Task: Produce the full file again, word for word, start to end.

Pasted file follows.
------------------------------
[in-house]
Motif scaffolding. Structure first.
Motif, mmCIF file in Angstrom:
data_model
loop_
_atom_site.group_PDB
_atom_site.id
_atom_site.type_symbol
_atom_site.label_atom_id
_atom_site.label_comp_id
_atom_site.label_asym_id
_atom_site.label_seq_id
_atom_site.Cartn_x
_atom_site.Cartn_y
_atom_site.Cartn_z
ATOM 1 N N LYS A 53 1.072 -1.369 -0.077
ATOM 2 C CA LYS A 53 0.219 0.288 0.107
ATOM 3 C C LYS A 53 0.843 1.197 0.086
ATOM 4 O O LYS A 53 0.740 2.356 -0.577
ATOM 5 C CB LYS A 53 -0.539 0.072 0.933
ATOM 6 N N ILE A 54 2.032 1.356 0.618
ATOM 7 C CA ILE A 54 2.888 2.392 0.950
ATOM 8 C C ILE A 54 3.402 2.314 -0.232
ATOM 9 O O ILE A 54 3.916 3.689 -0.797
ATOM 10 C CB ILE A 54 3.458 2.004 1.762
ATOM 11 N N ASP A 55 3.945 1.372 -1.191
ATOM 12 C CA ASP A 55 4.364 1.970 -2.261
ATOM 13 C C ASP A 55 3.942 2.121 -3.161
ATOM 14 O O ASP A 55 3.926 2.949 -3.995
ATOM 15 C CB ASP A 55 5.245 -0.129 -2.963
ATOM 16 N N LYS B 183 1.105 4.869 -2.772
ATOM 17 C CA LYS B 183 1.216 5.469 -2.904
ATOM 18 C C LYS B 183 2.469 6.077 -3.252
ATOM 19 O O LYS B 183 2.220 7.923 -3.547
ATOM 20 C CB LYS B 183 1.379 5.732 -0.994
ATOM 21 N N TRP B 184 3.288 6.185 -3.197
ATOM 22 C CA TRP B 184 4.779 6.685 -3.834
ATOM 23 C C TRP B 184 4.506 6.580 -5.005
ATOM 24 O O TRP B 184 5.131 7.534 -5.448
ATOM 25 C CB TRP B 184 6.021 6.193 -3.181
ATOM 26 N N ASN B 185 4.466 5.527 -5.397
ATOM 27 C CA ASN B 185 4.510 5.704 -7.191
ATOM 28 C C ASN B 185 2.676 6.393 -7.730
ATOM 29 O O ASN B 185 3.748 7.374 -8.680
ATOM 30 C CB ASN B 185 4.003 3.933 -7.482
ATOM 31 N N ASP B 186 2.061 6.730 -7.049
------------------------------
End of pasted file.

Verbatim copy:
[in-house]
Motif scaffolding. Structure first.
Motif, mmCIF file in Angstrom:
data_model
loop_
_atom_site.group_PDB
_atom_site.id
_atom_site.type_symbol
_atom_site.label_atom_id
_atom_site.label_comp_id
_atom_site.label_asym_id
_atom_site.label_seq_id
_atom_site.Cartn_x
_atom_site.Cartn_y
_atom_site.Cartn_z
ATOM 1 N N LYS A 53 1.072 -1.369 -0.077
ATOM 2 C CA LYS A 53 0.219 0.288 0.107
ATOM 3 C C LYS A 53 0.843 1.197 0.086
ATOM 4 O O LYS A 53 0.740 2.356 -0.577
ATOM 5 C CB LYS A 53 -0.539 0.072 0.933
ATOM 6 N N ILE A 54 2.032 1.356 0.618
ATOM 7 C CA ILE A 54 2.888 2.392 0.950
ATOM 8 C C ILE A 54 3.402 2.314 -0.232
ATOM 9 O O ILE A 54 3.916 3.689 -0.797
ATOM 10 C CB ILE A 54 3.458 2.004 1.762
ATOM 11 N N ASP A 55 3.945 1.372 -1.191
ATOM 12 C CA ASP A 55 4.364 1.970 -2.261
ATOM 13 C C ASP A 55 3.942 2.121 -3.161
ATOM 14 O O ASP A 55 3.926 2.949 -3.995
ATOM 15 C CB ASP A 55 5.245 -0.129 -2.963
ATOM 16 N N LYS B 183 1.105 4.869 -2.772
ATOM 17 C CA LYS B 183 1.216 5.469 -2.904
ATOM 18 C C LYS B 183 2.469 6.077 -3.252
ATOM 19 O O LYS B 183 2.220 7.923 -3.547
ATOM 20 C CB LYS B 183 1.379 5.732 -0.994
ATOM 21 N N TRP B 184 3.288 6.185 -3.197
ATOM 22 C CA TRP B 184 4.779 6.685 -3.834
ATOM 23 C C TRP B 184 4.506 6.580 -5.005
ATOM 24 O O TRP B 184 5.131 7.534 -5.448
ATOM 25 C CB TRP B 184 6.021 6.193 -3.181
ATOM 26 N N ASN B 185 4.466 5.527 -5.397
ATOM 27 C CA ASN B 185 4.510 5.704 -7.191
ATOM 28 C C ASN B 185 2.676 6.393 -7.730
ATOM 29 O O ASN B 185 3.748 7.374 -8.680
ATOM 30 C CB ASN B 185 4.003 3.933 -7.482
ATOM 31 N N ASP B 186 2.061 6.730 -7.049